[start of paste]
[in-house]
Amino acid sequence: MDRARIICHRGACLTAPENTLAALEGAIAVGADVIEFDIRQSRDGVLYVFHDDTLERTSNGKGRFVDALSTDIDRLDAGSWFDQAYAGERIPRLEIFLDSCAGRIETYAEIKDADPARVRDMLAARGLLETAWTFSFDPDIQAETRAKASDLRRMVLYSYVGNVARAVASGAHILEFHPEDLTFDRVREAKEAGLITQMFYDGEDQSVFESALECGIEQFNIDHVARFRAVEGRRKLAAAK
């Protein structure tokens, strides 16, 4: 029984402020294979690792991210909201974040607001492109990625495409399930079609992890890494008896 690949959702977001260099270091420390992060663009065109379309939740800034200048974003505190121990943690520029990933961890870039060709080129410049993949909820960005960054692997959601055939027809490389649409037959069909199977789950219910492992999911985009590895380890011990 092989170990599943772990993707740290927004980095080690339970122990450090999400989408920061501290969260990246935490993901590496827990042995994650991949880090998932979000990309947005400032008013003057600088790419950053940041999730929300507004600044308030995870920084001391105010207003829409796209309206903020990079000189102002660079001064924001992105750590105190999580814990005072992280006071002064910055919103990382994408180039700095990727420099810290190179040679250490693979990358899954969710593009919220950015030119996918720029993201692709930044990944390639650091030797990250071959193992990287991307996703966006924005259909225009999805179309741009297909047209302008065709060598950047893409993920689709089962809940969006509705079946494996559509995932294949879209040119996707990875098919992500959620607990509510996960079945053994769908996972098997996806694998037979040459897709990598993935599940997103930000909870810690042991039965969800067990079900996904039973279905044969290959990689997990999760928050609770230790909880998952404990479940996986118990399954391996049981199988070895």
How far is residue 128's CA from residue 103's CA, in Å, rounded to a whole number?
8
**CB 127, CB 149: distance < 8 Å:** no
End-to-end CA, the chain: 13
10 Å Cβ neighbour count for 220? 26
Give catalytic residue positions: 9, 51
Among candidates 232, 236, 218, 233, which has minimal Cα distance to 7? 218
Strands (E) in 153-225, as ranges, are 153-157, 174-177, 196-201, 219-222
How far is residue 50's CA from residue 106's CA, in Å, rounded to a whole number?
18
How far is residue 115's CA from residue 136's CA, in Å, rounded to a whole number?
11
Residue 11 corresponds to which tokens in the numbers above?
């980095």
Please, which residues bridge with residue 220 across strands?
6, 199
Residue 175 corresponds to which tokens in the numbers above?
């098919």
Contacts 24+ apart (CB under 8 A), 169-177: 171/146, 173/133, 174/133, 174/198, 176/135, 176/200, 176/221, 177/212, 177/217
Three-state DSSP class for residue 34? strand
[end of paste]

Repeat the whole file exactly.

[in-house]
Amino acid sequence: MDRARIICHRGACLTAPENTLAALEGAIAVGADVIEFDIRQSRDGVLYVFHDDTLERTSNGKGRFVDALSTDIDRLDAGSWFDQAYAGERIPRLEIFLDSCAGRIETYAEIKDADPARVRDMLAARGLLETAWTFSFDPDIQAETRAKASDLRRMVLYSYVGNVARAVASGAHILEFHPEDLTFDRVREAKEAGLITQMFYDGEDQSVFESALECGIEQFNIDHVARFRAVEGRRKLAAAK
């Protein structure tokens, strides 16, 4: 029984402020294979690792991210909201974040607001492109990625495409399930079609992890890494008896 690949959702977001260099270091420390992060663009065109379309939740800034200048974003505190121990943690520029990933961890870039060709080129410049993949909820960005960054692997959601055939027809490389649409037959069909199977789950219910492992999911985009590895380890011990 092989170990599943772990993707740290927004980095080690339970122990450090999400989408920061501290969260990246935490993901590496827990042995994650991949880090998932979000990309947005400032008013003057600088790419950053940041999730929300507004600044308030995870920084001391105010207003829409796209309206903020990079000189102002660079001064924001992105750590105190999580814990005072992280006071002064910055919103990382994408180039700095990727420099810290190179040679250490693979990358899954969710593009919220950015030119996918720029993201692709930044990944390639650091030797990250071959193992990287991307996703966006924005259909225009999805179309741009297909047209302008065709060598950047893409993920689709089962809940969006509705079946494996559509995932294949879209040119996707990875098919992500959620607990509510996960079945053994769908996972098997996806694998037979040459897709990598993935599940997103930000909870810690042991039965969800067990079900996904039973279905044969290959990689997990999760928050609770230790909880998952404990479940996986118990399954391996049981199988070895």
How far is residue 128's CA from residue 103's CA, in Å, rounded to a whole number?
8
**CB 127, CB 149: distance < 8 Å:** no
End-to-end CA, the chain: 13
10 Å Cβ neighbour count for 220? 26
Give catalytic residue positions: 9, 51
Among candidates 232, 236, 218, 233, which has minimal Cα distance to 7? 218
Strands (E) in 153-225, as ranges, are 153-157, 174-177, 196-201, 219-222
How far is residue 50's CA from residue 106's CA, in Å, rounded to a whole number?
18
How far is residue 115's CA from residue 136's CA, in Å, rounded to a whole number?
11
Residue 11 corresponds to which tokens in the numbers above?
């980095």
Please, which residues bridge with residue 220 across strands?
6, 199
Residue 175 corresponds to which tokens in the numbers above?
């098919």
Contacts 24+ apart (CB under 8 A), 169-177: 171/146, 173/133, 174/133, 174/198, 176/135, 176/200, 176/221, 177/212, 177/217
Three-state DSSP class for residue 34? strand